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The Development of the Russian Inspectorate, 1762-1806: Introduction

By Robert Goetz

From the earliest days of military modernization under Peter the Great, Russia faced serious problems with regard to maintaining its army.� Logistically, the vast distances of Russia made it difficult to field a force that could defend effectively against Tartar, Turk, Pole, Prussian and Swede.� Because of the size of Russia, it was not possible to employ interior lines to shift troops from front to front, as Frederick the Great was able to do when ringed by enemies during the Seven Years� War.� If Russia concentrated her forces to meet any of these enemies, she left herself exposed to attack from another quarter.�

Russia's solution from the time of Peter the Great was to maintain a large standing army, an army that became the largest in Europe by the 1780s, in order to field armies simultaneously at several points along the length of the frontiers.[1] This solution, however, created additional challenges.� The scattered population made supply of the army in peacetime problematic without considerable dispersal and the vast distances between potential enemies made rapid concentration extremely difficult. The differences in the methods of warfare employed in the west and on the steppes of Ukraine and central Asia posed additional problems in equipping and training the army.� While threats from the north and west involved western-style armies, in the south the unpredictable raids of the Tatars and their Turkish allies posed a different challenge.� As a result of the need for dispersal of forces, the total number of men that could be made available on any given front reflected a small fraction of the total forces under arms.[2]

Throughout the eighteenth and into the nineteenth century, the fundamental underlying problem of maintaining a very large army in a state of preparedness near the frontiers remained paramount.� The Military Commission created by Catherine the Great in the first year of her reign devised a lasting solution for these problems.� The initial work of this commission produced an administrative structure of �divisions� to address the concerns of the northern and western frontiers and was later extended to organize the administration of the southern and eastern frontiers.� This system left the established regimental organization largely unchanged, but shifted the physical location of the regimental cantons closer to the frontiers.� The divisions underwent considerable �tuning� under Tsar Paul to improve the efficiency of the organization and to reduce rampant corruption within the administration of both the divisions and individual regiments.� Aside from these administrative adjustments, the divisions proved to be a viable solution to the problems Russia faced.� The structure put in place in 1762 provided an organizational framework for the Russian army for 44 years.� Moreover, the divisional structure provided the framework for the 1806 establishment of permanent higher operational formations (�divisions� in the modern sense), which would ultimately lead the Russian army to the establishment of a Corps d�Arm�e structure along the Napoleonic model in 1810.�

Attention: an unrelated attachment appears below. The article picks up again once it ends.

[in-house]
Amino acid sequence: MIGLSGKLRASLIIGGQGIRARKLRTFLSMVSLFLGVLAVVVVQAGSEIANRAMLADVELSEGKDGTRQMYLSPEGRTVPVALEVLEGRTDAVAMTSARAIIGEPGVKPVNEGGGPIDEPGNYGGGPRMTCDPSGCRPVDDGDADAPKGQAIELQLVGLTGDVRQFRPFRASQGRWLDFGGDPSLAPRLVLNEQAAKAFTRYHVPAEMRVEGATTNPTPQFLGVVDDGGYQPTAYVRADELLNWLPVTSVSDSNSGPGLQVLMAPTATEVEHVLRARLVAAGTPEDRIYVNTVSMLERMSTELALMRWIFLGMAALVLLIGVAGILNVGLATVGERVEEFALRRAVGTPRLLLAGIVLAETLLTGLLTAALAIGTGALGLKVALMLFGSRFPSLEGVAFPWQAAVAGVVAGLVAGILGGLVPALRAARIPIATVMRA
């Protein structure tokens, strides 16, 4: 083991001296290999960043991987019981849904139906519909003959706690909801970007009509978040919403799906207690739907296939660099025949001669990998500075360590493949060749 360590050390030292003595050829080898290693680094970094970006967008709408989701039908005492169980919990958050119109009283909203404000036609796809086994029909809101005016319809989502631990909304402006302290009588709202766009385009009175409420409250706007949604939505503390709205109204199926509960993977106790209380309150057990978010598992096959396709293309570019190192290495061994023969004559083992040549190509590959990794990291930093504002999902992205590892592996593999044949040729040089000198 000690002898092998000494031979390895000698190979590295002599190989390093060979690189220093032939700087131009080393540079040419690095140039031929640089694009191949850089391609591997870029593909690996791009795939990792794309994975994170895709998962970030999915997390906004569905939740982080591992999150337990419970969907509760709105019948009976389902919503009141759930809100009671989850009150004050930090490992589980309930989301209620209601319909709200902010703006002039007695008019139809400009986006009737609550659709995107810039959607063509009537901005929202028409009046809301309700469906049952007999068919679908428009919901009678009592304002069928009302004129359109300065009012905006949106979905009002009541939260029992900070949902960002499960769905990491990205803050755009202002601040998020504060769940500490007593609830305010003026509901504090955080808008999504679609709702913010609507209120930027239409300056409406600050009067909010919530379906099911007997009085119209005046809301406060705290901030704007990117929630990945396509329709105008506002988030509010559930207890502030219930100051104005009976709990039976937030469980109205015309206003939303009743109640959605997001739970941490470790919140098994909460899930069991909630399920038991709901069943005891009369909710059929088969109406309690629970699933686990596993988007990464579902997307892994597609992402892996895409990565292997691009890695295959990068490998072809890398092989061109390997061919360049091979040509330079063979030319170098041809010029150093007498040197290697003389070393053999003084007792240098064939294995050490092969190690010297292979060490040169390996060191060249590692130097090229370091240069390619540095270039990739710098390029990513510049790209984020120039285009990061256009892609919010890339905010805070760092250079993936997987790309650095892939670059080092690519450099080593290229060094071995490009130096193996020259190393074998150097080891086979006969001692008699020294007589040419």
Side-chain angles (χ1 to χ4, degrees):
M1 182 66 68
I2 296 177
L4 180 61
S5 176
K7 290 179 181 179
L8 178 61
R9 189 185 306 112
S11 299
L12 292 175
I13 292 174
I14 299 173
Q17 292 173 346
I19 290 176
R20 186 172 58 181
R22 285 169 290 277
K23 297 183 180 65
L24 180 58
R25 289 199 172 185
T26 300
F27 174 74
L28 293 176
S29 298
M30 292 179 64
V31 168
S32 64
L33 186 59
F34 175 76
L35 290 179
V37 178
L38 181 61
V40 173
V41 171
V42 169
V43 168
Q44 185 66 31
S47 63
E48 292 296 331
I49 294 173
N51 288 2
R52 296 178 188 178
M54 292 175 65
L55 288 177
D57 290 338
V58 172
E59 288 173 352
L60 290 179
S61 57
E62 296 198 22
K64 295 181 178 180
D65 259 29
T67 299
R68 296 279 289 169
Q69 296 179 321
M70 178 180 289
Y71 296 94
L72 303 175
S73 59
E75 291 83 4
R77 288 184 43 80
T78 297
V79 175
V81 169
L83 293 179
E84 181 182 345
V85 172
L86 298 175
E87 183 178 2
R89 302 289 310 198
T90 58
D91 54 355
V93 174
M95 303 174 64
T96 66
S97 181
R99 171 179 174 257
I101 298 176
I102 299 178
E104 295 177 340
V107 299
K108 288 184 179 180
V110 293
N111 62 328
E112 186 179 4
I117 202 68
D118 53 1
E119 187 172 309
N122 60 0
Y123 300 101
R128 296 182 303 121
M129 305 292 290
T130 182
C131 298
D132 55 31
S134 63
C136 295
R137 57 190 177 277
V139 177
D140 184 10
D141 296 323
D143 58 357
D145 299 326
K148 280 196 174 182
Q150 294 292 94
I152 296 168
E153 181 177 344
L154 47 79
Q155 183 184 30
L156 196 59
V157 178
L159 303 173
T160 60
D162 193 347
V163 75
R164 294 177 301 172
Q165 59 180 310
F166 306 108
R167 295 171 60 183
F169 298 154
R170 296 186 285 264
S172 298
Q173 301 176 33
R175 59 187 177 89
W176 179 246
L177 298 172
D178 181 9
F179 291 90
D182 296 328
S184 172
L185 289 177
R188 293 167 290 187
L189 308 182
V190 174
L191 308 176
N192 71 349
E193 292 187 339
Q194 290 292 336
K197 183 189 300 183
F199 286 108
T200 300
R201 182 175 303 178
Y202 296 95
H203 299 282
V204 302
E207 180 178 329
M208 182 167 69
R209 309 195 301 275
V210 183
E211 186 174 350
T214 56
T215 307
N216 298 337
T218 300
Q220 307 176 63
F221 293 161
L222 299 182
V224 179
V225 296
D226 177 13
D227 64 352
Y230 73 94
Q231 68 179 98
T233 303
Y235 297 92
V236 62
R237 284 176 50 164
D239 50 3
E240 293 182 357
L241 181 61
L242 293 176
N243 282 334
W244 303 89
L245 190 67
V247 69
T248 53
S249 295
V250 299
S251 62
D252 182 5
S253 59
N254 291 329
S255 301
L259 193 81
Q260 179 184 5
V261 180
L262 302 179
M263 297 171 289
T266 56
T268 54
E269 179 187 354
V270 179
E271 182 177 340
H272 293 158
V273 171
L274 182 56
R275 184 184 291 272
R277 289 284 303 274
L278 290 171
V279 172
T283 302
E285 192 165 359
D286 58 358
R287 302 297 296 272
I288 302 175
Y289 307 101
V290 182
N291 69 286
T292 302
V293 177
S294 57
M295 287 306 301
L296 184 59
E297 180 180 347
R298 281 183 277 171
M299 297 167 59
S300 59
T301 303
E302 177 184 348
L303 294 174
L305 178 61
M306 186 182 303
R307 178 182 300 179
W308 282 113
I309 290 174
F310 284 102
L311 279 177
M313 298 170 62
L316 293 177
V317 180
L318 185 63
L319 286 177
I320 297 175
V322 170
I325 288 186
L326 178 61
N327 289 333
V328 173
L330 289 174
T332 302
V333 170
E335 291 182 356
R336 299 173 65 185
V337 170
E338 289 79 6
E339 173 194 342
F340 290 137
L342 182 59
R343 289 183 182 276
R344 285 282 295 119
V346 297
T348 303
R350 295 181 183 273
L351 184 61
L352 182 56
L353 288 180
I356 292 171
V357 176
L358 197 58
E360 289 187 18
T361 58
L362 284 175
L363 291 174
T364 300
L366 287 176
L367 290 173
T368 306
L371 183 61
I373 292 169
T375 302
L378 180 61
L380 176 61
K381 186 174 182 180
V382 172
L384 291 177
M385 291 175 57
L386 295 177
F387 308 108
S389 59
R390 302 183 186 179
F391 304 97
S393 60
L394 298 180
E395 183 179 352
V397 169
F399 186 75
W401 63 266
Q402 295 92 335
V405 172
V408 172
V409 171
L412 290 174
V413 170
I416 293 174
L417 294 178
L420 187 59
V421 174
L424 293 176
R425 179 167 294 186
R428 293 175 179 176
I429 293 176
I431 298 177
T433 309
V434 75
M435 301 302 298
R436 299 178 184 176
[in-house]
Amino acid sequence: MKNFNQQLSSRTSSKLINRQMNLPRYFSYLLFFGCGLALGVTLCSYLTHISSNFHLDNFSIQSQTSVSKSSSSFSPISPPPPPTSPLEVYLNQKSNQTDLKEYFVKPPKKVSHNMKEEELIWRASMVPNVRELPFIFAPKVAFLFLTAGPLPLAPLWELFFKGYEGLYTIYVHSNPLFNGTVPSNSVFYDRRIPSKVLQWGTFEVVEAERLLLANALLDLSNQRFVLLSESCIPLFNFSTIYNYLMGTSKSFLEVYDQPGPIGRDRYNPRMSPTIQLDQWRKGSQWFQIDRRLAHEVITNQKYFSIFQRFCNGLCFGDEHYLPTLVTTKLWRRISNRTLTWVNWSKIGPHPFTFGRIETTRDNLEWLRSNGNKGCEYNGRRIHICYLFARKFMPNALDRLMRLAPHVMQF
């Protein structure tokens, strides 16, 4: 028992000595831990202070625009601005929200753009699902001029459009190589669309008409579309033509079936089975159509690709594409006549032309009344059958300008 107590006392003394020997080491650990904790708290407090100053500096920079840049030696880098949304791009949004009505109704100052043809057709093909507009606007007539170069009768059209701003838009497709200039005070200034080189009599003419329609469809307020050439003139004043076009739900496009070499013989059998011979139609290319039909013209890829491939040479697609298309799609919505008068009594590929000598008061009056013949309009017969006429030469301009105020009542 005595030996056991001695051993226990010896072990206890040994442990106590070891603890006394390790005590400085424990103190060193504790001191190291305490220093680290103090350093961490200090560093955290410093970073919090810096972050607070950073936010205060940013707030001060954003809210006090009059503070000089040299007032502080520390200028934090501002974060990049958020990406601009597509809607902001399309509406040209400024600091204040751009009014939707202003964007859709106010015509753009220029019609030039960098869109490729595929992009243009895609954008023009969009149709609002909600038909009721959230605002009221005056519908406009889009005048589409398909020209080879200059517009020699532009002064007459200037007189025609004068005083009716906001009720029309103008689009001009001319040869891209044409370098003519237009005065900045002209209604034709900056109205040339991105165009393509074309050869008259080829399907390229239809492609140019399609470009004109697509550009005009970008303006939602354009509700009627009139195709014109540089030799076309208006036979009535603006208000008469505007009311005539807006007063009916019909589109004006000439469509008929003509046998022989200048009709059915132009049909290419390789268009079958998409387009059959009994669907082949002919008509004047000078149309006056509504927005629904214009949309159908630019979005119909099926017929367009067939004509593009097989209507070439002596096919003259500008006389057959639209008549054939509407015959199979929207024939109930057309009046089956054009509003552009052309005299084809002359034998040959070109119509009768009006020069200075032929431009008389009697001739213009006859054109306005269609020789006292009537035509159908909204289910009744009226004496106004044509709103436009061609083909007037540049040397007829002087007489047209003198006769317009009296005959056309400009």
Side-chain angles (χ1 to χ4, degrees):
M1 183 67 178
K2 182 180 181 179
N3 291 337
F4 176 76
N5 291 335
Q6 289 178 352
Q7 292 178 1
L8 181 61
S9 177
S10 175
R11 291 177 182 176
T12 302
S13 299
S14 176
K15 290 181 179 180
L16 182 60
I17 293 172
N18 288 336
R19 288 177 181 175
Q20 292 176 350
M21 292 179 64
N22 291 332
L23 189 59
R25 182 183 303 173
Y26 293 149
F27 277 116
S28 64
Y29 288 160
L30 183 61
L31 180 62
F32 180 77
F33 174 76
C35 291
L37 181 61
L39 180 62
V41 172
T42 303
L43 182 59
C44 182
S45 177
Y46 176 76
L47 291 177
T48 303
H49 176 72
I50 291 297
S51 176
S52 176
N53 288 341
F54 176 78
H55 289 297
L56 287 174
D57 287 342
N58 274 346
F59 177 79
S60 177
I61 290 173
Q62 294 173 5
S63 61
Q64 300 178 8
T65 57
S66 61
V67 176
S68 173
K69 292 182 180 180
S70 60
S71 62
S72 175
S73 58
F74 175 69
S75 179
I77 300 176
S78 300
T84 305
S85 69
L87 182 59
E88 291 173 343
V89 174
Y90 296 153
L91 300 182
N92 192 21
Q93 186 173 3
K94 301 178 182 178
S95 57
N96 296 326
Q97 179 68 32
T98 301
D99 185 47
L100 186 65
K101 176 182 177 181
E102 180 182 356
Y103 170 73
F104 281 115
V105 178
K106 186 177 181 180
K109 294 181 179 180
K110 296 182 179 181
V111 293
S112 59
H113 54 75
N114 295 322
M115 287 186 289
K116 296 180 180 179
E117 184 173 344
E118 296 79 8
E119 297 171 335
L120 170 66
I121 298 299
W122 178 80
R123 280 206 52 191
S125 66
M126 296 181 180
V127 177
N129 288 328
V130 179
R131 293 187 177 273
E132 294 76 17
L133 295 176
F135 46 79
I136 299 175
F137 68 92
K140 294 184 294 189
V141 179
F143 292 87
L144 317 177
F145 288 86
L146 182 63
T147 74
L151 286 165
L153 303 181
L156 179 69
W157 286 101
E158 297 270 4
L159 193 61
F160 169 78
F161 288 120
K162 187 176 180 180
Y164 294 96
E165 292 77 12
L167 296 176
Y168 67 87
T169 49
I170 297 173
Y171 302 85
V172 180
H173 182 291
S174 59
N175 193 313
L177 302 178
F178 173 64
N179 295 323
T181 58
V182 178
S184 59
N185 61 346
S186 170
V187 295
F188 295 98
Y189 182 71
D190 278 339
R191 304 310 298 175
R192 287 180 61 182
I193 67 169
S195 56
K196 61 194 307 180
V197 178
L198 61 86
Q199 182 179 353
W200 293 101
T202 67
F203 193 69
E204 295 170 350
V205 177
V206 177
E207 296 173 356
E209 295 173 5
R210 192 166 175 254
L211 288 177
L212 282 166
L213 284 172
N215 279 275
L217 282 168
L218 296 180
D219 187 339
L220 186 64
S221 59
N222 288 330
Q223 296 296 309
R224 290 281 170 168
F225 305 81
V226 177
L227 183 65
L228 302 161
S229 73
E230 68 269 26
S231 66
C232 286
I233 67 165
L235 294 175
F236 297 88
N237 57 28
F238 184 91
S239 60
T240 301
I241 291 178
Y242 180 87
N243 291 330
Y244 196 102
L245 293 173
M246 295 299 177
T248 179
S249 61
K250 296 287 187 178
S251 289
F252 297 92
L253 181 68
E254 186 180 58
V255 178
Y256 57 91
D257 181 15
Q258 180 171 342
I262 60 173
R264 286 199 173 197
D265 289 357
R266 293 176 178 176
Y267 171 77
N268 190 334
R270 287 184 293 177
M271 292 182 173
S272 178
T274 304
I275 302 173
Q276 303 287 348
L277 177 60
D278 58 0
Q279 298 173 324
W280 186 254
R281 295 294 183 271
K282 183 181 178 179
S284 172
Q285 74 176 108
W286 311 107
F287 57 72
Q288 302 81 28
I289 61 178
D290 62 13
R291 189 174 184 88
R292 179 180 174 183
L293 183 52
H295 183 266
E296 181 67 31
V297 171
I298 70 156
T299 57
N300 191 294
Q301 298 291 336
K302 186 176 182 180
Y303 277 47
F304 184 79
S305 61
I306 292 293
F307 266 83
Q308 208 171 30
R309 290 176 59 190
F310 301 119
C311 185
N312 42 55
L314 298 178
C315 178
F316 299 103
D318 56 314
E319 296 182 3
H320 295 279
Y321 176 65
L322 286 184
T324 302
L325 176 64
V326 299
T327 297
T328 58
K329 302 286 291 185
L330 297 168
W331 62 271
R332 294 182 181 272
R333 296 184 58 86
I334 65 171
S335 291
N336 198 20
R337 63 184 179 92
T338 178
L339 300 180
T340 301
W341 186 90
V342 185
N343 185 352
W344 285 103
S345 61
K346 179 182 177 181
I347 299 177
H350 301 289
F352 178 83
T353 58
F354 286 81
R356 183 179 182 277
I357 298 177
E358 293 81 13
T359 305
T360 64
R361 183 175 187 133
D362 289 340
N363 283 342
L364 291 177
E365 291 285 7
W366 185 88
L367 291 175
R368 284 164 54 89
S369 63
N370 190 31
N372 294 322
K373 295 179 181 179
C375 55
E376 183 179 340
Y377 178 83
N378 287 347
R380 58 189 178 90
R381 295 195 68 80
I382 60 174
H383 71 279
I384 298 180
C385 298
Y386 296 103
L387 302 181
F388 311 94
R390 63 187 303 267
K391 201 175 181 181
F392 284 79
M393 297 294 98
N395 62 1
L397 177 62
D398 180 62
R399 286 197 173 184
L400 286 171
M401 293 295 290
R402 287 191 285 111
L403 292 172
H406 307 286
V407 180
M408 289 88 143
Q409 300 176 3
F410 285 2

[1] Regular troops under arms in 1756:� Russia 220,000; France 220,000 (reaching a maximum of 330,000 during the Seven Years� War); Prussia 143,000, Austria 177,000 (reaching 200,000 during the Seven Years� War).� Regular troops under arms in 1788-89:� Russia� 426,000; Austria� 300,000; Prussia 200,000; France 170,000.� C. Duffy, The Military Experience in the Age of Reason London; 1987, p. 17; C. Duffy, The Army of Frederick the Great New York; 1974, p. 165; C. Duffy, The Army of Maria Theresa New York; 1977, p. 170.

[2] Russia had 437,823 men under arms in 1756, approximately 220,000 of which were regular army.� Of these, only 79,000 regular troops and 16,000 Cossacks could be committed in the Seven Years� War.� Duffy, Russia's Military Way to the West London; 1981, p. 73.�


Placed on the Napoleon Series: December 2001


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